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Pew Broadband Study

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Broadband usage up 50% in the last year, but cost and availability may slow growth:

    Roughly 31 million Americans — about 31 percent of whom use the Web at home — access the Internet through cable modems, digital subscriber lines (DSL) or satellite dishes, according to the study, which surveyed 1,495 people in March and which was released yesterday. In less than three years, the number of people with high-speed connections increased fivefold, it said.

    But there are indications that interest may be waning. In a survey done in October 2002, 57 percent of people who still access the Internet through dial-up lines said they had no interest in upgrading to a faster connection, even if they live in areas where it is available.

    ….There is still interest, however, among those who say they don’t have easy access to high-speed service. The October 2002 study found that 61 percent of such dial-up users said they would subscribe to either a cable or DSL service if it were available.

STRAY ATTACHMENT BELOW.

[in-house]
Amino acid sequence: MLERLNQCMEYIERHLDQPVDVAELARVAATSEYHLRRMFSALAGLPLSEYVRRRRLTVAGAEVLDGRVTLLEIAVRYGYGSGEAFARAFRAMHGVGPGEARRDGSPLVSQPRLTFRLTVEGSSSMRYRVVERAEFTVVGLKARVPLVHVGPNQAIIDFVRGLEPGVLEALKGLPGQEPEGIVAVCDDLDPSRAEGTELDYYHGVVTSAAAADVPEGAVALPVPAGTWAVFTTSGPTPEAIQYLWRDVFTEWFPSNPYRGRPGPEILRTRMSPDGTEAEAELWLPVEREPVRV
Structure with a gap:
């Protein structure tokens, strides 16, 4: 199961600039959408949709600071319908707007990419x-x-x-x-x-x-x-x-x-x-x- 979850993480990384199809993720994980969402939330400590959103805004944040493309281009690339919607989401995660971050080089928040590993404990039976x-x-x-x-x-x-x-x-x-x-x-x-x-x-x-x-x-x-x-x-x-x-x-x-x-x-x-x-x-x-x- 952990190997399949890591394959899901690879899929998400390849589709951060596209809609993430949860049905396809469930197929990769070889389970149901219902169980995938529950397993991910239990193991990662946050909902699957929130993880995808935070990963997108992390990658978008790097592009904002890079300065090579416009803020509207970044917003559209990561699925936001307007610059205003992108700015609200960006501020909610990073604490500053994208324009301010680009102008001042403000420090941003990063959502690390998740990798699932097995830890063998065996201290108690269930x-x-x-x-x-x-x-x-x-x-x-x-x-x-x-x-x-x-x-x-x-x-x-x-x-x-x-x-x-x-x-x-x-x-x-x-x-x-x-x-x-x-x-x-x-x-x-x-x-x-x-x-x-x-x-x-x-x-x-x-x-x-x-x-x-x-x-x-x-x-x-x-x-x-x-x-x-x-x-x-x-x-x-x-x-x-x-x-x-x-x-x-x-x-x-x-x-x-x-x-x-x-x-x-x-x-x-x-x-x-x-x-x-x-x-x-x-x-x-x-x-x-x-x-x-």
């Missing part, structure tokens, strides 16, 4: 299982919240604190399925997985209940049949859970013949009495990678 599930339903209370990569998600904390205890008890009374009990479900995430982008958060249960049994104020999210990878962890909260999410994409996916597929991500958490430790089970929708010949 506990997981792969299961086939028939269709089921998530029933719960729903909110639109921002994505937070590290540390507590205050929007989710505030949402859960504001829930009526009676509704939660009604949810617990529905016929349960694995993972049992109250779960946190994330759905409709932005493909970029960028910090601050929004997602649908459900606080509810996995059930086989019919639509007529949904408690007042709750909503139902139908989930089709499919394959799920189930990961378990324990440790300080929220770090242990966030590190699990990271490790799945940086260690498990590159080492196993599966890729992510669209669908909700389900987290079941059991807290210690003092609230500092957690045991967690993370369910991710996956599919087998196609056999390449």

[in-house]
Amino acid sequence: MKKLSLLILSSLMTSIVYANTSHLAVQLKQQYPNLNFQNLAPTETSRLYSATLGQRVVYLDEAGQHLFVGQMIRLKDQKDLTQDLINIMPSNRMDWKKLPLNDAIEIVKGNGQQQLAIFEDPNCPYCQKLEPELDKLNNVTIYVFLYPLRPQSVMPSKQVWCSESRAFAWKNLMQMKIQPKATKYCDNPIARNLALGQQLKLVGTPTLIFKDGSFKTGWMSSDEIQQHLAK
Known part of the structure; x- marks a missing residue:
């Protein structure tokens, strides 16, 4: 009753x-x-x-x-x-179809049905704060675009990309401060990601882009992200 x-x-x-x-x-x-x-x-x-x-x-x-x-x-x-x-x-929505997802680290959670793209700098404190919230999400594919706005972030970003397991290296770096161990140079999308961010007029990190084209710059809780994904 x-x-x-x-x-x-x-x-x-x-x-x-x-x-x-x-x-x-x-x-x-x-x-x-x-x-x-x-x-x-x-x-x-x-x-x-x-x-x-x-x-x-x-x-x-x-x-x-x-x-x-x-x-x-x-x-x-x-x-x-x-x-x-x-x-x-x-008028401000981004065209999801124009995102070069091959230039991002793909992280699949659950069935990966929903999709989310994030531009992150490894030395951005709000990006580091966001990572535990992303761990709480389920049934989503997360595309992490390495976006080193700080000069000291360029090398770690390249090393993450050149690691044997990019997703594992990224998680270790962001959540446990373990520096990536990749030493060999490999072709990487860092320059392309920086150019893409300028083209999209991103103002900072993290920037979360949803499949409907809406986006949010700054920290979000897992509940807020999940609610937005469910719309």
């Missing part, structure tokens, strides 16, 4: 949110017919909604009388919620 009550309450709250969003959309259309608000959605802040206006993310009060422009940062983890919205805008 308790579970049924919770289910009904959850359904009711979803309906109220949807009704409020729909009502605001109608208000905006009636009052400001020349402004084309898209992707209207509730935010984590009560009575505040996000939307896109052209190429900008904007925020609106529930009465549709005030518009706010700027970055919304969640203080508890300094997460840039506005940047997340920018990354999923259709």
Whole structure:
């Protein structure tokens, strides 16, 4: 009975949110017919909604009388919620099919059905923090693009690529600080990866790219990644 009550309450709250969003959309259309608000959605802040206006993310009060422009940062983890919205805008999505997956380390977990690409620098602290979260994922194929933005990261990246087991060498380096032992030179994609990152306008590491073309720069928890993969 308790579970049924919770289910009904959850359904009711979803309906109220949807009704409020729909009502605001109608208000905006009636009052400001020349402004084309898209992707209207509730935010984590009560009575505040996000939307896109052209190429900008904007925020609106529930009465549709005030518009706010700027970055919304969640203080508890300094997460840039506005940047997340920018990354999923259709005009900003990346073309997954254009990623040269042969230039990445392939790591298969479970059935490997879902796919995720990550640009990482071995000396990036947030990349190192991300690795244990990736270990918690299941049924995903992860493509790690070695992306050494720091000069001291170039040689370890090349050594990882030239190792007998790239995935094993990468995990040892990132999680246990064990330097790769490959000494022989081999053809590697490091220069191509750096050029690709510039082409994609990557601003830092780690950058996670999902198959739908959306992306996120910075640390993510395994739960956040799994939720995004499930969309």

Unlike South Korea or Canada, where nearly half the population has high-speed connections, the U.S. broadband market looks as though it may start to stall, said John B. Horrigan, senior researcher at the Pew project, and author of the study.

    “The biggest barrier is still availability,” Horrigan said.

    Price is another issue for some prospective customers, which is why Verizon Communications Inc. last week announced it will reduce prices for DSL service, a move that Horrigan said could spur cable companies to lower their prices, and stimulate more people to buy broadband. [Washington Post]

For those who use the Internet for email and chat, there probably isn’t a need, but for anyone who uses the Internet to gather or exchange information, or especially, entertainment, broadband is pretty much necessary. And don’t forget AOL is now behind the switch to broadband.

About Eric Olsen